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My New Arri BL


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#1 Gino Terribilini

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Posted 02 June 2006 - 12:01 AM

I was recently browsing on Mandy.com's classified section and saw a listing for an Arri BL for $2000. I thought it was a scam at first, expecting to see the listee's country as some far eastern place and for them to ask for a wire transfer because their sister just got in an accident (yeah.. its happened to me). Anyway, the listing ended up not only being in the US, but also local. I decided to give it a shot, but remaining somewhat pessimistic simply because i've learned that if it seems too good to be true, then it probably is- either the camera was a P.O.S., or somebody else had already gotten it. Time went on, and after several emails and phone conversations, I decided to sell my problematic Arri S, my PSP, and my turntables and buy this camera (I checked it out prior to selling the above toys). The package included the camera itself (with an Angenieux 12-120mm lens, TCS crystal-sync motor, and video tap), two 400' mags, cables, huge 12v battery, the case and a GretagMacbeth ColorChecker color chart. Even when I got home, I was expecting to find SOMETHING wrong with the camera, but I still have yet to find a single flaw and I am very happy with my new camera!

I do have a new questions regarding filters- What is the thick glass 3x3 filter that usually goes on the front called (assuming it has a proper name)? Is it recommended to have an ND filter even if you shoot with 50D on f2.5? Does an ND filter do anything to the image itself? Would you recommend having the square glass filter as well as a round UV filter on the lens or just the square filter?

Thanks in advance for your responses.. I have learned to much from this forum already!
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#2 David Sweetman

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Posted 02 June 2006 - 12:24 AM

I assume you mean an Arri 16BL -- BL alone usually refers to the 35BL.

The clear glass 3x3 is called an "optical flat." it's reccomended that you keep it on the camera whenever there's not another glass filter in front of the lens, because a good amount of camera noise can come out of the barrel if it's not there.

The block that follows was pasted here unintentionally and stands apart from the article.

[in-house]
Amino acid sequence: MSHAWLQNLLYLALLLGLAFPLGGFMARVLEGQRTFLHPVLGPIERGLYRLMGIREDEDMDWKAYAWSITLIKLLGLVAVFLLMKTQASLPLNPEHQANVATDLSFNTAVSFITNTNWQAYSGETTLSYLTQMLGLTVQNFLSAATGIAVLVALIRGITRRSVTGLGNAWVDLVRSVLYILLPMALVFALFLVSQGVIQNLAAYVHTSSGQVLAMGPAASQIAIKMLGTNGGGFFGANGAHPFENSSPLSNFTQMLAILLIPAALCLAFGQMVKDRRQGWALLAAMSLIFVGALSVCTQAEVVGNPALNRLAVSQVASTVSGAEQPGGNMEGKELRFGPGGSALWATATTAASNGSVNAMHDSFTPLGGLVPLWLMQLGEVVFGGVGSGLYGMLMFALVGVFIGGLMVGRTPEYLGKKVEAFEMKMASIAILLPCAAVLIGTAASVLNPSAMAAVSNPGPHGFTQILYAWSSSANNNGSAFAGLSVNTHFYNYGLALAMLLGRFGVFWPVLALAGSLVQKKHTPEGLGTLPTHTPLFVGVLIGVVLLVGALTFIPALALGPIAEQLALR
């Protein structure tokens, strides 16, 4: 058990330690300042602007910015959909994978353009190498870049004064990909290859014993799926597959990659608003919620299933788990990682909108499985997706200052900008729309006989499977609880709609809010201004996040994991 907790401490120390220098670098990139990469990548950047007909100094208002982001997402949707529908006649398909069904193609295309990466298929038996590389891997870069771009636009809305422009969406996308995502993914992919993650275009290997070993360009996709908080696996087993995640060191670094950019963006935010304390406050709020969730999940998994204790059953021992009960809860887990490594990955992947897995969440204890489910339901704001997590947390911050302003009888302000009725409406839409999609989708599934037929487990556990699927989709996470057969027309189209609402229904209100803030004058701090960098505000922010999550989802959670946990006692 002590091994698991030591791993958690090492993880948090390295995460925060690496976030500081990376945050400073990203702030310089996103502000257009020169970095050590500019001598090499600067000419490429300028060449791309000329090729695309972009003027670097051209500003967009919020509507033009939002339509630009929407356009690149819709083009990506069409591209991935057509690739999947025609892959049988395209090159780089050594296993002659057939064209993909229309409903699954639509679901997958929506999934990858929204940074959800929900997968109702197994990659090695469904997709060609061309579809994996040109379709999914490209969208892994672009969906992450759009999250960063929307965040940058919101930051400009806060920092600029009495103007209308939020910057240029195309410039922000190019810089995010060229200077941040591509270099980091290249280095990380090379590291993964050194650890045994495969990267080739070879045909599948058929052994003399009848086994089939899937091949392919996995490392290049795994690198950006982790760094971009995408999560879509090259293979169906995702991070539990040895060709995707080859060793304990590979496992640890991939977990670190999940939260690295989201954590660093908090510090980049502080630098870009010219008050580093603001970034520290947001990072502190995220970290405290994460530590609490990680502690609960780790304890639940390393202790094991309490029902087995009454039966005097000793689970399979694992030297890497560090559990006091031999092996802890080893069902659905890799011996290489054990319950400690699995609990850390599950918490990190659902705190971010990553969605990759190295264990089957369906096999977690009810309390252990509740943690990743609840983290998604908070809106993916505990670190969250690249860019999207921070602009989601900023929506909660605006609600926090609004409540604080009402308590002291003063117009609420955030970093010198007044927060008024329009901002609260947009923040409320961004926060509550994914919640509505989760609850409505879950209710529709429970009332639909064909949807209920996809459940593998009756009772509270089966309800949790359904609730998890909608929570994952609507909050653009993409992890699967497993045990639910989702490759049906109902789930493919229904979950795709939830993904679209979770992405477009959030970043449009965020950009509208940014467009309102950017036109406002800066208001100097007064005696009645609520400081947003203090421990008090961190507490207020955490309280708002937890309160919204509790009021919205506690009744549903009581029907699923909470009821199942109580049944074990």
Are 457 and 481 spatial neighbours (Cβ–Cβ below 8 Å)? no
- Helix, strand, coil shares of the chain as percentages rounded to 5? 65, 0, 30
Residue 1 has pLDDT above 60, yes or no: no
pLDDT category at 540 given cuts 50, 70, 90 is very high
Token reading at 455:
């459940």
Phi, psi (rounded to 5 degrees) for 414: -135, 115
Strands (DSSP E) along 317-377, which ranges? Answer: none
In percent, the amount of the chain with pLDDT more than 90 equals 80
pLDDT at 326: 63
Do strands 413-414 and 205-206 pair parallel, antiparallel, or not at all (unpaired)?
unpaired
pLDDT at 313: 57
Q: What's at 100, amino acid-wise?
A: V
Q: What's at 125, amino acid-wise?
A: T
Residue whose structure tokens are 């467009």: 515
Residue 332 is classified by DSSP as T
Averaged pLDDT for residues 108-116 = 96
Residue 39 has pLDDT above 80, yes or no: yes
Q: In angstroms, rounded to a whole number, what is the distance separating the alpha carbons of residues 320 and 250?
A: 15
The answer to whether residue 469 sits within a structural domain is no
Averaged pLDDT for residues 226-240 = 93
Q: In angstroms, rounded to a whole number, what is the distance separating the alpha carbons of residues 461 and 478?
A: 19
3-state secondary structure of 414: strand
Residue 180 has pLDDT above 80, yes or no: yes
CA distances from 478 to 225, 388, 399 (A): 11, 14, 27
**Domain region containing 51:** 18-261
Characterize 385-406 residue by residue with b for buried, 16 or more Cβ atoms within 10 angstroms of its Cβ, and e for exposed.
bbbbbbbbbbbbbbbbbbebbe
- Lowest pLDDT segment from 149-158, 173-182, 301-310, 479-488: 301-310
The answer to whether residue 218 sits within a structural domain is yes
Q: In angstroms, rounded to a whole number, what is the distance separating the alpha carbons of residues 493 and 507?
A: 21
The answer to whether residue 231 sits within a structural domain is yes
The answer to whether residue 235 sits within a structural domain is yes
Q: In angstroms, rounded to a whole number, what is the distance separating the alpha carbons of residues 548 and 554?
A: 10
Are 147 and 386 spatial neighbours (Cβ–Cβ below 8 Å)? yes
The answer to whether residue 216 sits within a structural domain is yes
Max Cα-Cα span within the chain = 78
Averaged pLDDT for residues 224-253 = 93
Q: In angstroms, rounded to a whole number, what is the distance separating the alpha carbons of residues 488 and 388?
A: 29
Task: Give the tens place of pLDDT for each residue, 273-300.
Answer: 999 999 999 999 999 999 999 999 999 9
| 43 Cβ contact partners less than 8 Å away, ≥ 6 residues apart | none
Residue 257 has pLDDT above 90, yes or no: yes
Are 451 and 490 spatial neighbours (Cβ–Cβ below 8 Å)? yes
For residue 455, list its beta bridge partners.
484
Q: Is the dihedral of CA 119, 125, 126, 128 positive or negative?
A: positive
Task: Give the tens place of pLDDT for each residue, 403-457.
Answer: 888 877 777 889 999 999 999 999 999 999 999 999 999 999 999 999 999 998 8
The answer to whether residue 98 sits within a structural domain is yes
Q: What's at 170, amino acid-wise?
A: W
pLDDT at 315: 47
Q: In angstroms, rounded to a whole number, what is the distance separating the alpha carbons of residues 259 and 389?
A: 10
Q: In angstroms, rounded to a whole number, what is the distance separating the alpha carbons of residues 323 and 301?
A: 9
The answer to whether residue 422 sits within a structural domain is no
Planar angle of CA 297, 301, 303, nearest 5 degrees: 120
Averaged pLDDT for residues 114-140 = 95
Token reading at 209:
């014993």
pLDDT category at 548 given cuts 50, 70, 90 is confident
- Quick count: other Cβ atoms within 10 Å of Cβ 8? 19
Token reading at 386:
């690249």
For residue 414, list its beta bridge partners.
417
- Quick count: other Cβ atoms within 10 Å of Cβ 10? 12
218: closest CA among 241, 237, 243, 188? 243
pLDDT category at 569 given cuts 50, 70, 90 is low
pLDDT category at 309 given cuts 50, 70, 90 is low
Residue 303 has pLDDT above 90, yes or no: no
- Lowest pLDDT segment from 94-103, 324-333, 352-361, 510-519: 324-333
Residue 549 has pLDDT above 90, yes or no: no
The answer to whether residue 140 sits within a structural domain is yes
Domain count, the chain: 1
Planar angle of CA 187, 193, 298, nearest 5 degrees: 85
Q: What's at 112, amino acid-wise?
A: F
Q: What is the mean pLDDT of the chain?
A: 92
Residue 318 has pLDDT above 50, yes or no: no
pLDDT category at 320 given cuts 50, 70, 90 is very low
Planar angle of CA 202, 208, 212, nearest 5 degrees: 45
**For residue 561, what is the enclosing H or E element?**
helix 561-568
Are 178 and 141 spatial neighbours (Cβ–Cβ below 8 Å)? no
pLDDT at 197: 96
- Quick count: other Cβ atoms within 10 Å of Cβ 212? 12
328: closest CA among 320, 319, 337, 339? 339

If you're at f2.5, that's wide open on that lens, and regardless of the stock you wouldn't want an ND on there because then you'd reduce the amount of light going in and you'd have to open the iris even wider, which you can't do. So you'd end up underexposing.

You might use the ND (depending on your intentions, the intensity of the ND, etc) if you were stopped way down to f/22 or f/16 to decrease the DOF a little and reduce diffraction. You'll get the sharpest image at f/5.6-8.

2000 is a good price for that package, considering the crystal sync and video tap.

Edited by David Sweetman, 02 June 2006 - 12:25 AM.

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#3 Gino Terribilini

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Posted 02 June 2006 - 12:26 AM

If you're at f2.5, that's wide open on that lens... So you'd end up underexposing.


I'm sorry, I meant f22
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#4 Frank DiBugnara

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Posted 02 June 2006 - 12:32 AM

Gino,

You might want to keep your eyes out for the Zeiss lens that has been used on that camera. When I was a student I shot with both the Angenieux and the Zeiss and there is a world of difference between the two. I know someone in Arizona who has the Zeiss and might be willing to sell it...not sure for how much.
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#5 David Sweetman

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Posted 02 June 2006 - 12:48 AM

I'm sorry, I meant f22


Oh, then yeah, I'd use the ND. The only effect the ND will have on the picture is it'll reduce the amount of light. The only percieved effect is caused by the change in f/stop. For example (according to my understanding) if your meter reads f/22 and you put on an ND4 to expose at f/11 (open up 2 stops), there should be no loss or increase of contrast or diffusion because of the ND. The changes to the image caused by the iris change will be a narrower near and far focus field and a sharper image.